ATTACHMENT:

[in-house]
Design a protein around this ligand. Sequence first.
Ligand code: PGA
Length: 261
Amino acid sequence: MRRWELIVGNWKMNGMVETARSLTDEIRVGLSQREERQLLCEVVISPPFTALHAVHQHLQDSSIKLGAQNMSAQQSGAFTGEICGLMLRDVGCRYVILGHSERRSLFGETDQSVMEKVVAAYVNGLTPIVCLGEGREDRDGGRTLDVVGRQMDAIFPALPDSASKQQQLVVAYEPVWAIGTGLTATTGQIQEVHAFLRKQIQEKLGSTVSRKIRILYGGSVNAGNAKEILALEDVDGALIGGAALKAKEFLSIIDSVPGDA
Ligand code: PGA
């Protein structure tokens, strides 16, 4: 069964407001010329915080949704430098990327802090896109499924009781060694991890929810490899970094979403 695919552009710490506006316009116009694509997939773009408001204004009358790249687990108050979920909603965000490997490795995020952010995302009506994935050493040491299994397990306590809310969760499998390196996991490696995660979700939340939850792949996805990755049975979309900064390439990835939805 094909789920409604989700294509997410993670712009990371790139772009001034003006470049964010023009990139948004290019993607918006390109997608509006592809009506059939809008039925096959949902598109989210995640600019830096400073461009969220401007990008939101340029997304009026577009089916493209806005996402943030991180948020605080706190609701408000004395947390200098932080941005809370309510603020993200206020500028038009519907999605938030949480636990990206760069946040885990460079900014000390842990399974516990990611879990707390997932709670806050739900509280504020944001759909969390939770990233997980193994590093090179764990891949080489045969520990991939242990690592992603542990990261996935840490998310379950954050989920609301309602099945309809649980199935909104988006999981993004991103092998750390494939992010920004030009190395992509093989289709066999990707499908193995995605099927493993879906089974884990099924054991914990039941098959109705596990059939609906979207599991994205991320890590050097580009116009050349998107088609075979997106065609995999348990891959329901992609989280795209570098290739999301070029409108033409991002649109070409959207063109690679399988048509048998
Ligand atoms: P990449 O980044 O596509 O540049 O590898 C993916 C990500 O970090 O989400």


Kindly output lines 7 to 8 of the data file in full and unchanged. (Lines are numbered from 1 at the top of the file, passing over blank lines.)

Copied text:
């Protein structure tokens, strides 16, 4: 069964407001010329915080949704430098990327802090896109499924009781060694991890929810490899970094979403 695919552009710490506006316009116009694509997939773009408001204004009358790249687990108050979920909603965000490997490795995020952010995302009506994935050493040491299994397990306590809310969760499998390196996991490696995660979700939340939850792949996805990755049975979309900064390439990835939805 094909789920409604989700294509997410993670712009990371790139772009001034003006470049964010023009990139948004290019993607918006390109997608509006592809009506059939809008039925096959949902598109989210995640600019830096400073461009969220401007990008939101340029997304009026577009089916493209806005996402943030991180948020605080706190609701408000004395947390200098932080941005809370309510603020993200206020500028038009519907999605938030949480636990990206760069946040885990460079900014000390842990399974516990990611879990707390997932709670806050739900509280504020944001759909969390939770990233997980193994590093090179764990891949080489045969520990991939242990690592992603542990990261996935840490998310379950954050989920609301309602099945309809649980199935909104988006999981993004991103092998750390494939992010920004030009190395992509093989289709066999990707499908193995995605099927493993879906089974884990099924054991914990039941098959109705596990059939609906979207599991994205991320890590050097580009116009050349998107088609075979997106065609995999348990891959329901992609989280795209570098290739999301070029409108033409991002649109070409959207063109690679399988048509048998
Ligand atoms: P990449 O980044 O596509 O540049 O590898 C993916 C990500 O970090 O989400």